U.S. CDC Advisors Support Moderna, J&J COVID-19 Vaccine Recalls, Mixed Injections – .

U.S. CDC Advisors Support Moderna, J&J COVID-19 Vaccine Recalls, Mixed Injections – .

A general view of the US Centers for Disease Control and Prevention (CDC) headquarters in Atlanta, Georgia, September 30, 2014. REUTERS / Tami Chappell

October 21 (Reuters) – A panel of advisers from the U.S. Centers for Disease Control and Prevention (CDC) unanimously recommended the use of COVID-19 vaccine boosters on Thursday for many beneficiaries of Moderna Inc (MRNA .O) and Johnson & Johnson (JNJ.N), a vote that should pave the way for extra doses for millions of Americans.

The U.S. Food and Drug Administration cleared the booster doses on Wednesday and said Americans can choose a different injection than their original inoculation.

The CDC is expected to approve the panel’s recommendations in the coming days, and boosters may be available immediately after. Still, health officials and public health experts have said the deployment of the booster could be confusing.

“I hope, certainly by the end of this day, that we will have a little more consistency. But I think it will remain quite complicated, ”said Dr. William Schaffner, infectious disease expert at Vanderbilt University Medical Center and non-voting member of the CDC’s Advisory Committee on Immunization Practices (ACIP).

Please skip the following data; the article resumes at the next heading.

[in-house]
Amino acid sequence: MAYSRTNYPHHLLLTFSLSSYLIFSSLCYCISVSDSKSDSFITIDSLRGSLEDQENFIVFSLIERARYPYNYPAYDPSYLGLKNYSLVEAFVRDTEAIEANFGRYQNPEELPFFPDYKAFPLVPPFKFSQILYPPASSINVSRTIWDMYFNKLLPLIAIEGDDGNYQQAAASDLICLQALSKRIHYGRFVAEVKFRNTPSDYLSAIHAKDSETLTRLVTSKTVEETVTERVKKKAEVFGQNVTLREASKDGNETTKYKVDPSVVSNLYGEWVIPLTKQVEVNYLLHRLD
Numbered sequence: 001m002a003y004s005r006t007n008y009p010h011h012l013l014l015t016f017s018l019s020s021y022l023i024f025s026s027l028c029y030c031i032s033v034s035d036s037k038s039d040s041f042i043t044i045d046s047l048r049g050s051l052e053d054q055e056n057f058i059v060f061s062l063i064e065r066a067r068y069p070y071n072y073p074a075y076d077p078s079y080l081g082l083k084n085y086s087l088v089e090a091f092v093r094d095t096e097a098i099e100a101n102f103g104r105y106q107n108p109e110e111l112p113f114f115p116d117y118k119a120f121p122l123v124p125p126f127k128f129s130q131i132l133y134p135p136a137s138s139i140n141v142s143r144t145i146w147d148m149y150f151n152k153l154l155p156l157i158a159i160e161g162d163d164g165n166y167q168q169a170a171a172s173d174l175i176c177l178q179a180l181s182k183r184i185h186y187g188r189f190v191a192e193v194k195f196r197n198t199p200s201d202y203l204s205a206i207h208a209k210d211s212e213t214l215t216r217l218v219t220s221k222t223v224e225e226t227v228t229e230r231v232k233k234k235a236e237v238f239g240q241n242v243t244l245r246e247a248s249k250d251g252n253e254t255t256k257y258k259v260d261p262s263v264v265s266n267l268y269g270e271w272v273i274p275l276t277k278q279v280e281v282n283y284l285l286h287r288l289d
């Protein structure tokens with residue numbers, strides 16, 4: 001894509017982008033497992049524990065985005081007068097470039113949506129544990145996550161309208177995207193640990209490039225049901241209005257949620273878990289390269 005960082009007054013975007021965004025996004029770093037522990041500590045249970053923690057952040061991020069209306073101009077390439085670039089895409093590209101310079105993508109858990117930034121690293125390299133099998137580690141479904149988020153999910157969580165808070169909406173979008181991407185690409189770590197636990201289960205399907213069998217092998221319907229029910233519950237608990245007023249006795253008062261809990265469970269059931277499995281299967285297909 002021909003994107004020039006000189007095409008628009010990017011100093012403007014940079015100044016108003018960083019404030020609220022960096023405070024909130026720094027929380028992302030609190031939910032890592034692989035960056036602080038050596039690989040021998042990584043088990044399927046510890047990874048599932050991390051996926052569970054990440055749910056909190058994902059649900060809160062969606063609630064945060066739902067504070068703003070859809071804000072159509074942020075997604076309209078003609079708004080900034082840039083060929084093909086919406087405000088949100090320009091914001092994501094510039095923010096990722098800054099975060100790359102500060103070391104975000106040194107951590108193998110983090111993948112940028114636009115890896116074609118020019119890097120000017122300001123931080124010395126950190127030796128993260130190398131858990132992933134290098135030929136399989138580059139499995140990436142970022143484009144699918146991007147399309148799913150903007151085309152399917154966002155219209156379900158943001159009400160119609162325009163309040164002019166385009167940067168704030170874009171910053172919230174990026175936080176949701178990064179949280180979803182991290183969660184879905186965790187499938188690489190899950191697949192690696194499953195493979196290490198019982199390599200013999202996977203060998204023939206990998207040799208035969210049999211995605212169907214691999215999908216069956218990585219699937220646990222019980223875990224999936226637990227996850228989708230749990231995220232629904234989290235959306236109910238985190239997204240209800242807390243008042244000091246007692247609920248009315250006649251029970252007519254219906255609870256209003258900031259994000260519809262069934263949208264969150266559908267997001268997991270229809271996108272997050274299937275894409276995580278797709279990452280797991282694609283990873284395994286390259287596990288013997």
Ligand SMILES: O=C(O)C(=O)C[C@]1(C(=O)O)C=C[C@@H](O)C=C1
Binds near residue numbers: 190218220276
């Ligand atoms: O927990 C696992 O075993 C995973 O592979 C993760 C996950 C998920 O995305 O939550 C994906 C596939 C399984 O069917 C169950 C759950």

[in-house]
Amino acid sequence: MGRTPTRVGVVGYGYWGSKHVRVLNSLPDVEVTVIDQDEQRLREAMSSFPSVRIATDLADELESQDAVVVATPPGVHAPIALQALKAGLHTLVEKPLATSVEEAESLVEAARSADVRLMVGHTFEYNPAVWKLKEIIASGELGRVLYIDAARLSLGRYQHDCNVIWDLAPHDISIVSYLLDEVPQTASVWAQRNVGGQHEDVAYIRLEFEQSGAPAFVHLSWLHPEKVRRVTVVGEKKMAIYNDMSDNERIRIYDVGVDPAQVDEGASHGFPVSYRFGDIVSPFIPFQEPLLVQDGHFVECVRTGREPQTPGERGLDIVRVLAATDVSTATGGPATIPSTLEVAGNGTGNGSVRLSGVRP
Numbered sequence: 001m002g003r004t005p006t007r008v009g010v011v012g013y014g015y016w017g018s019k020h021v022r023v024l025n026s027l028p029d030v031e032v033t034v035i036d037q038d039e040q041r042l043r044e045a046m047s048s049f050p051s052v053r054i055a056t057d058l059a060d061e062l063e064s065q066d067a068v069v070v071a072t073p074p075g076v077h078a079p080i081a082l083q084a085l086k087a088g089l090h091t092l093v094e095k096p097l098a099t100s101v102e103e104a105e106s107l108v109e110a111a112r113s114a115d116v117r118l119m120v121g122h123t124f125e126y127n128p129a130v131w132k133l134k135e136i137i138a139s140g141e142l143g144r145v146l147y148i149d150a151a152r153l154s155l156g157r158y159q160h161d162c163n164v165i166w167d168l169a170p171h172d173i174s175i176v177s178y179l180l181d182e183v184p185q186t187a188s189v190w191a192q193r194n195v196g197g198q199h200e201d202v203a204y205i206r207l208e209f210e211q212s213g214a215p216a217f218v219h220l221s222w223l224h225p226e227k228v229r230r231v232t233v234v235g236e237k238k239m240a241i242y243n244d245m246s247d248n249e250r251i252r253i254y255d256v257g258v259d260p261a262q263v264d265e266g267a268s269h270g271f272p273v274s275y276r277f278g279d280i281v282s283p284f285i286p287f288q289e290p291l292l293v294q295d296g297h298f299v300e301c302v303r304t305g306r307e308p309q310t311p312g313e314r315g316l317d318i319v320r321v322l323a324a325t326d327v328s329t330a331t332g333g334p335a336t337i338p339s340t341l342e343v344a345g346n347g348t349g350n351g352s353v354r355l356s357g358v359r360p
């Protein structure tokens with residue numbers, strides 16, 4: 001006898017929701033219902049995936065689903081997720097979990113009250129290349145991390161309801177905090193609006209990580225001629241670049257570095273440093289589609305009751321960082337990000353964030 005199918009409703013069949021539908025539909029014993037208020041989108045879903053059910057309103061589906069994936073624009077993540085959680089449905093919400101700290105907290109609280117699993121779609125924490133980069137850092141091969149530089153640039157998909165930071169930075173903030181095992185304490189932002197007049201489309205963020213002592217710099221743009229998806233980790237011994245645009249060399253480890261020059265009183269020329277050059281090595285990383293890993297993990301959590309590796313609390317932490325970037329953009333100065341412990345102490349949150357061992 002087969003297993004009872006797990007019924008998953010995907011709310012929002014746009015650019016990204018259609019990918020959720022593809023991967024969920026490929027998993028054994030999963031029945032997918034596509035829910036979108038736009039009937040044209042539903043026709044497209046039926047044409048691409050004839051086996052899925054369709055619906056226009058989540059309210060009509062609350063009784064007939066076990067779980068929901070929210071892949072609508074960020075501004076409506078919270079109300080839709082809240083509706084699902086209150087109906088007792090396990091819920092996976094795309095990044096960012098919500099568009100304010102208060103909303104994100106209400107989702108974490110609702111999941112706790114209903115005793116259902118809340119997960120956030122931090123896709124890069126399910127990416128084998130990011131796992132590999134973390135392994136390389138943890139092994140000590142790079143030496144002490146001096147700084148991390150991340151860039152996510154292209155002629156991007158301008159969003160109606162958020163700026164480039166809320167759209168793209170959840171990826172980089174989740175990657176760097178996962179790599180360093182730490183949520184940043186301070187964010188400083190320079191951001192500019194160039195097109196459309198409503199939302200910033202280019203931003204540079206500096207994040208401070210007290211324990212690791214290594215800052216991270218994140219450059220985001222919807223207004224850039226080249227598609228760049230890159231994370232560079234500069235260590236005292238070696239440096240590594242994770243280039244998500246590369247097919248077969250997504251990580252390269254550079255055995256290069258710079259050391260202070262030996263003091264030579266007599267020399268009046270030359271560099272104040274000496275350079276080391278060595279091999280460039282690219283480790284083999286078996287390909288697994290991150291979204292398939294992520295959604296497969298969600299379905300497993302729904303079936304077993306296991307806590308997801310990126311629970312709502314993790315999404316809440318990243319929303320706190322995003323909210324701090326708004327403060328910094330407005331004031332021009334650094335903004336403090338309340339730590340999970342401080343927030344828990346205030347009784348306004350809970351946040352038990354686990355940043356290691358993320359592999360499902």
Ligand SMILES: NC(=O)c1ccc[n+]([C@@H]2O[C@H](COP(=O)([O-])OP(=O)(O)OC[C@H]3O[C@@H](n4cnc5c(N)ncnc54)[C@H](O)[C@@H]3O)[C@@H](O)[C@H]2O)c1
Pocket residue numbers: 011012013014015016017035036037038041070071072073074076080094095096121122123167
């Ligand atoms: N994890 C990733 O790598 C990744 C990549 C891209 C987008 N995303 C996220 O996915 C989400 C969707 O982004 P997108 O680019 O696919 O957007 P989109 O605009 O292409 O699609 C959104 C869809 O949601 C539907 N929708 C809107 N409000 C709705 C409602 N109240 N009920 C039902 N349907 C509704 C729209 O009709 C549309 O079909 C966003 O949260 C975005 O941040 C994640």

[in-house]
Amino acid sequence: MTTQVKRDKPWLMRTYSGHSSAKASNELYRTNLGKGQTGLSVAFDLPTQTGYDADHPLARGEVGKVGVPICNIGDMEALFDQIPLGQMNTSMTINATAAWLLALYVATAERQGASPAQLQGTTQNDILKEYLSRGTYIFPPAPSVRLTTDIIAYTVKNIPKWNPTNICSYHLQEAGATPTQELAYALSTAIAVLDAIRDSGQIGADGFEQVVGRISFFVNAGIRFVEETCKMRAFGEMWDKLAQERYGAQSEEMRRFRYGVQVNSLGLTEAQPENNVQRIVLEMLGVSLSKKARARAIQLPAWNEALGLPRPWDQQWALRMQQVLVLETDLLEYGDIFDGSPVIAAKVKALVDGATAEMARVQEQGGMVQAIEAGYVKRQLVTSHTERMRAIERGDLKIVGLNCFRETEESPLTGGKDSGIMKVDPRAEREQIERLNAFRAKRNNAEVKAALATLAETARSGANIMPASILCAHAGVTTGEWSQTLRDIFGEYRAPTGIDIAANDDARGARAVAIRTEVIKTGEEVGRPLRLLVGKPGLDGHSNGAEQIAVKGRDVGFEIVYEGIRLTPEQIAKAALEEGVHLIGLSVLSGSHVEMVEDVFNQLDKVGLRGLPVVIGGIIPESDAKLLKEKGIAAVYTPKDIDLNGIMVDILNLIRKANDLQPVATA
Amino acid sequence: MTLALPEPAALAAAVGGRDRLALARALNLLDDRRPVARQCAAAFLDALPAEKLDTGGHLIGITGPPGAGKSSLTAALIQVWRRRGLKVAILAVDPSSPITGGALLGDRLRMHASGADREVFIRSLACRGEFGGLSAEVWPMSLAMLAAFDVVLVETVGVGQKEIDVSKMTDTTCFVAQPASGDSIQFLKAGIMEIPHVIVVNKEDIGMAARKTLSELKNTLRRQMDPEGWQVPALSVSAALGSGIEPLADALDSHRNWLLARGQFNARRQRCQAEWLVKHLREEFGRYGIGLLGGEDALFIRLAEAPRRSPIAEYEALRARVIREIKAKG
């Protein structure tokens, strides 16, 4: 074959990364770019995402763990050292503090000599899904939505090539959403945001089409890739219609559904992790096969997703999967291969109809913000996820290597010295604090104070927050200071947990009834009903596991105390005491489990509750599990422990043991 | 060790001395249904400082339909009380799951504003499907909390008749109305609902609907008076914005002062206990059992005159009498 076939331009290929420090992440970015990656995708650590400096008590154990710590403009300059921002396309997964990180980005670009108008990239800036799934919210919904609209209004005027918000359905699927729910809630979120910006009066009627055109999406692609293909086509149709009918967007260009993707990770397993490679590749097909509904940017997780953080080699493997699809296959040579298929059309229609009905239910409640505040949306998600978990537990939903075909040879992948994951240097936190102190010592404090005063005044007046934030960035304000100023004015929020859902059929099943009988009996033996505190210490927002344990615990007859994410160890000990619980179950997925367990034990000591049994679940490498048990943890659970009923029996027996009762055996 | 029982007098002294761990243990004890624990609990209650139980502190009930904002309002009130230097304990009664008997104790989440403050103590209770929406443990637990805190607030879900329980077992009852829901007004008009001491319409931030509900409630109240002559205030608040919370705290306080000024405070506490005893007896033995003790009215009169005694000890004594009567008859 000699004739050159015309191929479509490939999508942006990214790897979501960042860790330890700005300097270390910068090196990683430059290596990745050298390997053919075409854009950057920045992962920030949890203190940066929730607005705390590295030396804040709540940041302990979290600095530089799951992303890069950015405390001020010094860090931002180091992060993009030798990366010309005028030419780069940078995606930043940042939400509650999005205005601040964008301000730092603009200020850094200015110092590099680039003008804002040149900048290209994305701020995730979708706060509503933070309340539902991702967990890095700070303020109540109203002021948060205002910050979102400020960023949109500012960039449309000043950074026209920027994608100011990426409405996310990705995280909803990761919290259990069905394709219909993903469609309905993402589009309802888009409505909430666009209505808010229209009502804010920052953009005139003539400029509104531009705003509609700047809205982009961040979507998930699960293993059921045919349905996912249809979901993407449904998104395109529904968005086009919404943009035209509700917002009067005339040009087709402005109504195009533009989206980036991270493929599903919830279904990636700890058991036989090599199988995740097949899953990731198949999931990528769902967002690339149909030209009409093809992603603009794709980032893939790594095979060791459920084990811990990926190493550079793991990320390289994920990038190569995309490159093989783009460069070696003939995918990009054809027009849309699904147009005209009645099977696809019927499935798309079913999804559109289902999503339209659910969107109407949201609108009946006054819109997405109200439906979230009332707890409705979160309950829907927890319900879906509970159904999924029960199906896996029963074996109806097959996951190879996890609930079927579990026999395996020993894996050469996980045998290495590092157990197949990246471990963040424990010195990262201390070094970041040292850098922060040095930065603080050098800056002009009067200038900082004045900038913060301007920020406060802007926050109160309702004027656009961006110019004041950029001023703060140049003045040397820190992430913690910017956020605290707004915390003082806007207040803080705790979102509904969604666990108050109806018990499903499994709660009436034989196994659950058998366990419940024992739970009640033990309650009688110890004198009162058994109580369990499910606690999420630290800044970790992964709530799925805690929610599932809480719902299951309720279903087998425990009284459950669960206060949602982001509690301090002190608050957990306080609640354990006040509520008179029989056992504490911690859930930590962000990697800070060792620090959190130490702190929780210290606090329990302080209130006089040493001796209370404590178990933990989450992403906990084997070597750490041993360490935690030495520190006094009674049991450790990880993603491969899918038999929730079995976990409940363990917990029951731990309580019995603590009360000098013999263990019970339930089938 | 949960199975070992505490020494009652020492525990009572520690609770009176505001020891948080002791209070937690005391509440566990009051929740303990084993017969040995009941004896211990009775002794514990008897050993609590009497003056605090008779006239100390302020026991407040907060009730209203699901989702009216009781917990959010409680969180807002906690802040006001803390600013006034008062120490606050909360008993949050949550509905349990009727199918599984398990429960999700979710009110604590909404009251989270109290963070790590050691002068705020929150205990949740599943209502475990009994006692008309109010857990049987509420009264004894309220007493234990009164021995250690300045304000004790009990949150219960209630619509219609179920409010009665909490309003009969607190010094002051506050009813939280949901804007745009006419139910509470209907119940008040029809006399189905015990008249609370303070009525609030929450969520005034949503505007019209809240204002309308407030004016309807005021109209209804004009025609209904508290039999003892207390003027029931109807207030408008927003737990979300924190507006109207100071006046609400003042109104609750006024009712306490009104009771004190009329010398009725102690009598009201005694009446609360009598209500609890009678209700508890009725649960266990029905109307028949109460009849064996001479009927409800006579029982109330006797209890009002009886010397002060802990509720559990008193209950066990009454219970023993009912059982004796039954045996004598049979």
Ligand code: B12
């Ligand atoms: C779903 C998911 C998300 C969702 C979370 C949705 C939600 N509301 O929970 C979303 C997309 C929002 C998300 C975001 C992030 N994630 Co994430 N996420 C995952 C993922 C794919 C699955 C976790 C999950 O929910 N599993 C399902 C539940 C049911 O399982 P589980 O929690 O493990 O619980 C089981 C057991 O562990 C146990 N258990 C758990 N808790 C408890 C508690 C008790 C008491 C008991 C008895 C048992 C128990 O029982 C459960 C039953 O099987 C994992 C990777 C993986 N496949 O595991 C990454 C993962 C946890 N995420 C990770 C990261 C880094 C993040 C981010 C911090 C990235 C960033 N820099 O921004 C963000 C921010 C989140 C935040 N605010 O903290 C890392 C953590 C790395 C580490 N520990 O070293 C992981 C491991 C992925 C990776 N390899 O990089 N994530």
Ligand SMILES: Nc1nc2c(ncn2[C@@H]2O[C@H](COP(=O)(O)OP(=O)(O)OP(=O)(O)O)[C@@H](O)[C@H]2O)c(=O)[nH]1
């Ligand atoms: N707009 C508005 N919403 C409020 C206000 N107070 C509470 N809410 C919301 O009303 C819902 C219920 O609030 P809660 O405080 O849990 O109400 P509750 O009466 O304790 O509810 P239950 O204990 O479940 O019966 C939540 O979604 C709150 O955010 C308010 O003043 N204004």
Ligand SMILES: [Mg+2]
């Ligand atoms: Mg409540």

ACIP voted to recommend booster doses for all people 18 years of age and older who received a first dose of the Johnson & Johnson vaccine at least two months earlier.

For those who received their second dose of Moderna vaccine at least six months earlier, ACIP has recommended a third injection for people 65 years of age and older, as well as some at risk or seriously ill and those at risk. exposure to the virus in the course of their work. .

The FDA and CDC have previously approved booster injections of the COVID-19 vaccine from Pfizer Inc (PFE.N) and partner BioNTech SE for the same groups included in the Moderna recommendations.

Some scientists have suggested that boosters are needed to keep immunity high, especially since the extremely contagious Delta variant of the virus can cause breakthrough infections in some who are fully vaccinated.

About 11.6 million people have so far received a booster dose, according to CDC data.

The FDA and CDC have come under pressure to allow the additional shots after the White House announced plans in August for a massive recall campaign.

Other countries like Israel have started offering boosters to a large population, but it is not yet known whether the United States will follow suit.

Pfizer released data Thursday suggesting that a booster dose was highly protective for people 16 years of age and older compared to protection several months after receiving the two-dose regimen due to decreased efficacy over time. time.

Reporting by Manas Mishra and Julie Steenhuysen in Chicago; Editing by Bill Berkrot

Our Standards: The Thomson Reuters Trust Principles.


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